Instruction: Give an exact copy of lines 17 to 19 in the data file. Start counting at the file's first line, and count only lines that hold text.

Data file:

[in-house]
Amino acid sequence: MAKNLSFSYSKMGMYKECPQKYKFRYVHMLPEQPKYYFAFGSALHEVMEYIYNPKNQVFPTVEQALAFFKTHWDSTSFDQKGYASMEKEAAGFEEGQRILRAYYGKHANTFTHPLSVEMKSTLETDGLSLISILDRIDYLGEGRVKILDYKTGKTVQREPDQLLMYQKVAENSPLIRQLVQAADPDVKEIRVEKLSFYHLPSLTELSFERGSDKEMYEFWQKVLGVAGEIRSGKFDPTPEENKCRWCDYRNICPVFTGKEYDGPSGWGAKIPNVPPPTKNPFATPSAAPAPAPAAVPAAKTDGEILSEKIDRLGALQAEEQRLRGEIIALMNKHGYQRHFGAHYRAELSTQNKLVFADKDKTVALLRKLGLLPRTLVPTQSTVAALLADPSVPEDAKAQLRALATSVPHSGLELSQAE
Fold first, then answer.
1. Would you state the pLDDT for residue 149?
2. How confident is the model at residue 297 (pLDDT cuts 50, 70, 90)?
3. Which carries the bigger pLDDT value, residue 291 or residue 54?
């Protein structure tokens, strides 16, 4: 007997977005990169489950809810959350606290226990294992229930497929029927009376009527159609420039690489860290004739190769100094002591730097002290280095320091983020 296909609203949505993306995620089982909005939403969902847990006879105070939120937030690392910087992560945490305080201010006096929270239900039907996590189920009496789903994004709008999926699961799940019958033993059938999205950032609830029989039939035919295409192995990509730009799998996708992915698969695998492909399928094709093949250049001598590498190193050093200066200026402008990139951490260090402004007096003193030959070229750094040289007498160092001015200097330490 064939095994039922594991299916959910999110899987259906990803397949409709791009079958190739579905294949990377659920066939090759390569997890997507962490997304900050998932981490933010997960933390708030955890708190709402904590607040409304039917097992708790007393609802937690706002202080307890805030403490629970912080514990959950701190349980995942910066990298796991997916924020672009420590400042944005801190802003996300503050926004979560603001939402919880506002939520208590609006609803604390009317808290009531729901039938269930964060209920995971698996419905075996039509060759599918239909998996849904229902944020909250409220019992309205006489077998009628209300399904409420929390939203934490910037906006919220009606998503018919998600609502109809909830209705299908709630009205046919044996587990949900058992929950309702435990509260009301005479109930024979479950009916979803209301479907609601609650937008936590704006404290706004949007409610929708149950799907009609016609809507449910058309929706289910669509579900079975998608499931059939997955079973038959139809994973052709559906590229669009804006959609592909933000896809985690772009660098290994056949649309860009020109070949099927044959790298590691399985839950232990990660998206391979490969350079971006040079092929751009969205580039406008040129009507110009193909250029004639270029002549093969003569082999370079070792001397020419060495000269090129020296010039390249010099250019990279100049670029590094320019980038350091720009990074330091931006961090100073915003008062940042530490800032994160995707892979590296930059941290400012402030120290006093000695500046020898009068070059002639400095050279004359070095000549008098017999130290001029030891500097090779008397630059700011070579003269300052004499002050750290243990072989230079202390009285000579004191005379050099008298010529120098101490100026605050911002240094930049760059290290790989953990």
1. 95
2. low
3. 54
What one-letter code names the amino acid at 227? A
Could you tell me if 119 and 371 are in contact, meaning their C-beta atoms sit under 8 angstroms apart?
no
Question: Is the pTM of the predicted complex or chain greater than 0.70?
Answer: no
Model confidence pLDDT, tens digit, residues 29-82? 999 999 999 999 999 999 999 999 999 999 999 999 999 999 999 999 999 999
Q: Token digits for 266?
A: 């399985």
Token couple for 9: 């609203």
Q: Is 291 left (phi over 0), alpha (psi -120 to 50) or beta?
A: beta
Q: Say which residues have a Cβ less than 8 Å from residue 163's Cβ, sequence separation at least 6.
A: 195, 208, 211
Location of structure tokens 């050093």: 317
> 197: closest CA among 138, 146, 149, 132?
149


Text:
Q: Token digits for 266?
A: 């399985």
Token couple for 9: 């609203």